You can stir it into your tea and sprinkle it on your oatmeal for a tasty spice kick. But can cinnamon also help control blood glucose levels for someone with diabetes?
There are two main varieties of cinnamon which come from different plants. Ceylon cinnamon, commonly referred to as true cinnamon, and Cassia cinnamon, which is typically what you see in supplements and spice jars.
The Science Behind Cinnamon
It is said to possess effects similar to insulin. In the body, insulin regulates the amount of glucose in the blood.
But What Does the Evidence Say?
Whether cinnamon can lower blood glucose has been a topic of debate. Clinical trials have shown mixed results in people with either diabetes or pre-diabetes.
In 2012, a systematic review and meta-analysis of 6 clinical trials which considered a total of 435 subjects was published. It revealed that while cinnamon in doses ranging from 1-6g per day did show a small benefit in improving glycemic control, the magnitude of the effect was very small.
Further in 2013, an updated review of 10 clinical trials with sufficient research quality, and which involved 543 people, found that cinnamon doses of between 120mg to 6g per day were associated with a decrease in fasting blood glucose, total cholesterol, LDL (“bad” cholesterol), and triglyceride levels (a type of fat found in our blood), but not HbA1c. Although the mentioned clinical outcomes were statistically significant, they were small in magnitude.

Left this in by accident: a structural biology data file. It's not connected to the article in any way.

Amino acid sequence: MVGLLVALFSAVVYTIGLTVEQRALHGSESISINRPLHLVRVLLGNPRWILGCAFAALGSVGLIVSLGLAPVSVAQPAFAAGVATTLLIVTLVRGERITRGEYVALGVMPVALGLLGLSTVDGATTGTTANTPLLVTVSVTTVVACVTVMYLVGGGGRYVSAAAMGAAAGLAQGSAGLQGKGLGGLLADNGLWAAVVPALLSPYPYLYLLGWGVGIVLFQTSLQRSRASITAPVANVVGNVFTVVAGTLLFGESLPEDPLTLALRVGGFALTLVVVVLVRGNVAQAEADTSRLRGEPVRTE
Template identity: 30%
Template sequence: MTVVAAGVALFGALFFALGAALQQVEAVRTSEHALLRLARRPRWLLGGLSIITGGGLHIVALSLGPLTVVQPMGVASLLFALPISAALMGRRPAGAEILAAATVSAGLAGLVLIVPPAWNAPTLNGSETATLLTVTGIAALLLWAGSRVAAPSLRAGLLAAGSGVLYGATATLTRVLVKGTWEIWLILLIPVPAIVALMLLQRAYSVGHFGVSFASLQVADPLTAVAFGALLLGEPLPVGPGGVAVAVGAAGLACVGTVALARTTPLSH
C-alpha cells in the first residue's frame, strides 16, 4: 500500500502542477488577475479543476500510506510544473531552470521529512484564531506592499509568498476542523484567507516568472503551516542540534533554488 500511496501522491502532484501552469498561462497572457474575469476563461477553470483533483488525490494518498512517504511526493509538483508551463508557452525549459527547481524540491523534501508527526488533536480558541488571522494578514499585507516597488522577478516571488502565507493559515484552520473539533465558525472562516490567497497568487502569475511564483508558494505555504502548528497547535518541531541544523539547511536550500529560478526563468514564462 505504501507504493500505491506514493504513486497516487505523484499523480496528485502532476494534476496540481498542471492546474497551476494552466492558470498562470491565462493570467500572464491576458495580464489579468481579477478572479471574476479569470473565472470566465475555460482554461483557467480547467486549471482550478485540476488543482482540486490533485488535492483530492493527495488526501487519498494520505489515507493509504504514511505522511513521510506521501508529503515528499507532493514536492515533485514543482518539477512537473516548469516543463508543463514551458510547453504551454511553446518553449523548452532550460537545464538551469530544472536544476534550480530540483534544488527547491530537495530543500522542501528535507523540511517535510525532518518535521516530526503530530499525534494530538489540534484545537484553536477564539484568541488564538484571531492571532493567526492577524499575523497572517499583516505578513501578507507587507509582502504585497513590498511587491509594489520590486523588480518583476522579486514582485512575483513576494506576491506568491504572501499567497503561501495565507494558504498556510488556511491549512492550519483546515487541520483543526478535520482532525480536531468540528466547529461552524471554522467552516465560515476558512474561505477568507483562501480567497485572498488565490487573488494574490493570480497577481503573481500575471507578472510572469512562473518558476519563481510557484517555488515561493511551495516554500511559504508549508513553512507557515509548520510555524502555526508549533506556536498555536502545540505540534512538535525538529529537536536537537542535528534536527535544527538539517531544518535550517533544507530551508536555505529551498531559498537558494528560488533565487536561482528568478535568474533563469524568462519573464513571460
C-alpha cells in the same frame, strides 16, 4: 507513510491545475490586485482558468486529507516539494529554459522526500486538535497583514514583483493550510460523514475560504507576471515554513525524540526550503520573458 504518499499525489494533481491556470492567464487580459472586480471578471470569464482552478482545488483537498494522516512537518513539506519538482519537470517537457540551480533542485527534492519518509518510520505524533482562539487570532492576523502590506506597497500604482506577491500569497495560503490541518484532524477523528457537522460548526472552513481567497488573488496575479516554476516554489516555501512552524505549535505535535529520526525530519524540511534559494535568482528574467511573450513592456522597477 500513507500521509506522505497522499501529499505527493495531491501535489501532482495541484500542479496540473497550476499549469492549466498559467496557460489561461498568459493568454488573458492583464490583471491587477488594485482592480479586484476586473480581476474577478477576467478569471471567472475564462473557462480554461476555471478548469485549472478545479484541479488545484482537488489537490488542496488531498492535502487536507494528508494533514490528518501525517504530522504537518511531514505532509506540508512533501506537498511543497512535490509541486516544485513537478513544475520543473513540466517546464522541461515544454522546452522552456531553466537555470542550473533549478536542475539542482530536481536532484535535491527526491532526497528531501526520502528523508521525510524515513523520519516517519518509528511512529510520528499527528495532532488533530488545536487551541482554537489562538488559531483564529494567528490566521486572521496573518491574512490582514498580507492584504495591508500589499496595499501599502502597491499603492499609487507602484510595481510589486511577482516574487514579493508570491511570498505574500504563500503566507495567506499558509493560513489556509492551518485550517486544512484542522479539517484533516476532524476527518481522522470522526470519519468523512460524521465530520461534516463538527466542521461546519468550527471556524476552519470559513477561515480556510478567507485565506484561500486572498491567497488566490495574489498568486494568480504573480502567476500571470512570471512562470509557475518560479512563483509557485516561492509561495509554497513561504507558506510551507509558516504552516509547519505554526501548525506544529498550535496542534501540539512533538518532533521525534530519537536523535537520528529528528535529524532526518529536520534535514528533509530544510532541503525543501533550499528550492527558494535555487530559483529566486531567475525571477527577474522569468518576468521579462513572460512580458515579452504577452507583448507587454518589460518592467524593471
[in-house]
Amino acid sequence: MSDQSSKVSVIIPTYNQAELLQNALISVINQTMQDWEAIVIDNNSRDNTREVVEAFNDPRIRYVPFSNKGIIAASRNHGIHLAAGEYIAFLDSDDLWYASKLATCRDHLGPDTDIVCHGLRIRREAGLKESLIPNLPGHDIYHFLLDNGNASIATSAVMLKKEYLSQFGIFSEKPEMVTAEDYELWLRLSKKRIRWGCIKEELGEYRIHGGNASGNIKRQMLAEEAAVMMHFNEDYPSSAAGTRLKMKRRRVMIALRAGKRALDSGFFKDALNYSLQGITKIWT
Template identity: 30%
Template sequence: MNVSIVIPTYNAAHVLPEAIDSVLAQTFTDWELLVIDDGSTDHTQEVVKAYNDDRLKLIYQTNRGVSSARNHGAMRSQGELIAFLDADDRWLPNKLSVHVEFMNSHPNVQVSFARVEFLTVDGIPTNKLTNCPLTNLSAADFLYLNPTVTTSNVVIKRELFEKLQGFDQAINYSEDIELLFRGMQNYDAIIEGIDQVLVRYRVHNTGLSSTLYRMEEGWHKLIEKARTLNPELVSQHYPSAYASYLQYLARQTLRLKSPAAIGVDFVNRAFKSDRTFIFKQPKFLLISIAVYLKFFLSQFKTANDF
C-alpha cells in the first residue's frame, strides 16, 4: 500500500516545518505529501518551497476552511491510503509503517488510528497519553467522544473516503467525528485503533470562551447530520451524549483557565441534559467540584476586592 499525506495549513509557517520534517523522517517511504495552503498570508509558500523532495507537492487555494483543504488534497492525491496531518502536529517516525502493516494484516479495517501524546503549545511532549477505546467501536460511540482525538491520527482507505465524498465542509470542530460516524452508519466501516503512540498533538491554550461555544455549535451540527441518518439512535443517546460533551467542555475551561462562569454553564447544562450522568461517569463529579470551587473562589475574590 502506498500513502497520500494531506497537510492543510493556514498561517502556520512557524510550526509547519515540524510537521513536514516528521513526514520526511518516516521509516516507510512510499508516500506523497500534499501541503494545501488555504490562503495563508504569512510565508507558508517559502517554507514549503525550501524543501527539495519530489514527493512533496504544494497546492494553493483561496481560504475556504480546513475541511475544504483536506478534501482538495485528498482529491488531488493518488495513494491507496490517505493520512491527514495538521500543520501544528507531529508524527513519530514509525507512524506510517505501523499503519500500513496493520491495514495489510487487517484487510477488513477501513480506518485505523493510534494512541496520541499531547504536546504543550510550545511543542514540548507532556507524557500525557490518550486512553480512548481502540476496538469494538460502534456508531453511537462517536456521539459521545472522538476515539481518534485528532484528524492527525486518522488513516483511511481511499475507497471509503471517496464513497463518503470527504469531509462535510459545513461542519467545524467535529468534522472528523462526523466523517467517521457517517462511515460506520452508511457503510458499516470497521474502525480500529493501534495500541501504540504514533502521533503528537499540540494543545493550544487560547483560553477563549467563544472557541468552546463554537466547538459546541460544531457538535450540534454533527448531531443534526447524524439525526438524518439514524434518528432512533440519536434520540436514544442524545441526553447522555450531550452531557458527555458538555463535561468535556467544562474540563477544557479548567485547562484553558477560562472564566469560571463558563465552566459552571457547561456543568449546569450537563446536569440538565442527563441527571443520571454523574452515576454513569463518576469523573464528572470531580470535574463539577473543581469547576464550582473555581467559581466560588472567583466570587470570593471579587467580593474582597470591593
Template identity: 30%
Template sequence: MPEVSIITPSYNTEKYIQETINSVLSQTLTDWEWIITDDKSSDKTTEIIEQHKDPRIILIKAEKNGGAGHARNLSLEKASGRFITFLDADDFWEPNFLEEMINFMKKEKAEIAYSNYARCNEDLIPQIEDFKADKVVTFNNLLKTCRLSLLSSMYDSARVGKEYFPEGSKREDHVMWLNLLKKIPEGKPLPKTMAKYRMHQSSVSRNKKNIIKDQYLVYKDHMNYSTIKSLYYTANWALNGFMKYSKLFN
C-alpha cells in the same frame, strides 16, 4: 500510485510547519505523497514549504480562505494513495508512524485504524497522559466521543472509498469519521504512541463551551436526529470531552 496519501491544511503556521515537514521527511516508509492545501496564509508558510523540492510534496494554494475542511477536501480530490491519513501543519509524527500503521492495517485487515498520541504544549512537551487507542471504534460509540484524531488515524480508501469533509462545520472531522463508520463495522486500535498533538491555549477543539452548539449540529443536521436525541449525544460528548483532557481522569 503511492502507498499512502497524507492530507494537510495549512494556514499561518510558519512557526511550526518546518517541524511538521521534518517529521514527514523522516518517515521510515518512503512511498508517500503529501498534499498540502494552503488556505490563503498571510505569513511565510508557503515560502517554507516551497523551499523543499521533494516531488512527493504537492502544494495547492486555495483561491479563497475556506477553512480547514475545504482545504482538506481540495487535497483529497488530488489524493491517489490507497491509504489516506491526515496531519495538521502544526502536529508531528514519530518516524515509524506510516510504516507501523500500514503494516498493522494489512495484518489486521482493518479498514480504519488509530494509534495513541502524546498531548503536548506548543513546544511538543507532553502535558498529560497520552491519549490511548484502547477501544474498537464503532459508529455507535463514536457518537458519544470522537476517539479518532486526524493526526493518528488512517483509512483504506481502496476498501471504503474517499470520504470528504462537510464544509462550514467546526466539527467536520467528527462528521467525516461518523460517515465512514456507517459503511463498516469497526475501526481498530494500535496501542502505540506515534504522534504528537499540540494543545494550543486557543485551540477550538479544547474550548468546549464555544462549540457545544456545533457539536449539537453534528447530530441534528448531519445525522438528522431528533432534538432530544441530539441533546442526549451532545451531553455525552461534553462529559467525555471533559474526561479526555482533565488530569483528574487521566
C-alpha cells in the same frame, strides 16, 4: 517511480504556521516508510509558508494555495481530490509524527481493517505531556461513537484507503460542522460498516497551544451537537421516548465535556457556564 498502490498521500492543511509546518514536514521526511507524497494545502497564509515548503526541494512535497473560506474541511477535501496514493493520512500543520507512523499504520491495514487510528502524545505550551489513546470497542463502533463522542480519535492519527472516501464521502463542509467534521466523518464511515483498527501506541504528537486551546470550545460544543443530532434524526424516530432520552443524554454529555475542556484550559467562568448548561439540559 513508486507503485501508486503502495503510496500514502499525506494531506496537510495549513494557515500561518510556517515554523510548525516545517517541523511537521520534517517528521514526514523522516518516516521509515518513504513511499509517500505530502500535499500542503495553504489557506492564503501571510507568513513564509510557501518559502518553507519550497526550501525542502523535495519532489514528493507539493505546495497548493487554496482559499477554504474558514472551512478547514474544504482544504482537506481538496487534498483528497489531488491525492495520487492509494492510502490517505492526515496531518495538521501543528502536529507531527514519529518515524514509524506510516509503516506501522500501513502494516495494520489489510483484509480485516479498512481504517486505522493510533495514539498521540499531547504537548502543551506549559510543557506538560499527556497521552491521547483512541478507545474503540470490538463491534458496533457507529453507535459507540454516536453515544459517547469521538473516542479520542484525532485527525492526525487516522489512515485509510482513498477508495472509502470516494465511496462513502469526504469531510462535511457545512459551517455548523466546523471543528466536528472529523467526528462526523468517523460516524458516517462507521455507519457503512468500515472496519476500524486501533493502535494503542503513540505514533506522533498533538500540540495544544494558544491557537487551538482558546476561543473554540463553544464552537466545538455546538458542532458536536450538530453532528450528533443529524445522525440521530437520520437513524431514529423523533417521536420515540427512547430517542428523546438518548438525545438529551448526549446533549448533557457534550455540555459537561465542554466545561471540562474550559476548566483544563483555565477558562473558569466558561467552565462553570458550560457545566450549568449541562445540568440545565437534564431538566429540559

The studies mentioned are not an exhaustive listing but if cinnamon is indeed effective, it is as yet difficult to translate the results into patient recommendations until further research determines the right type to use, the best formulation (capsule, extract, or powder?), the ideal dose to take, and the duration one should take cinnamon.
The Bottom Line
It’s not yet clear if cinnamon is good for blood glucose control. It may have a clinical role to play in managing diabetes but research findings though promising have been somewhat controversial.
If you have diabetes, remember that treatment is a lifelong commitment of healthy eating, regular exercise, regular blood glucose monitoring, and sometimes, diabetes medications or insulin therapy; cinnamon use cannot replace healthy lifestyle changes and prescription medications just yet.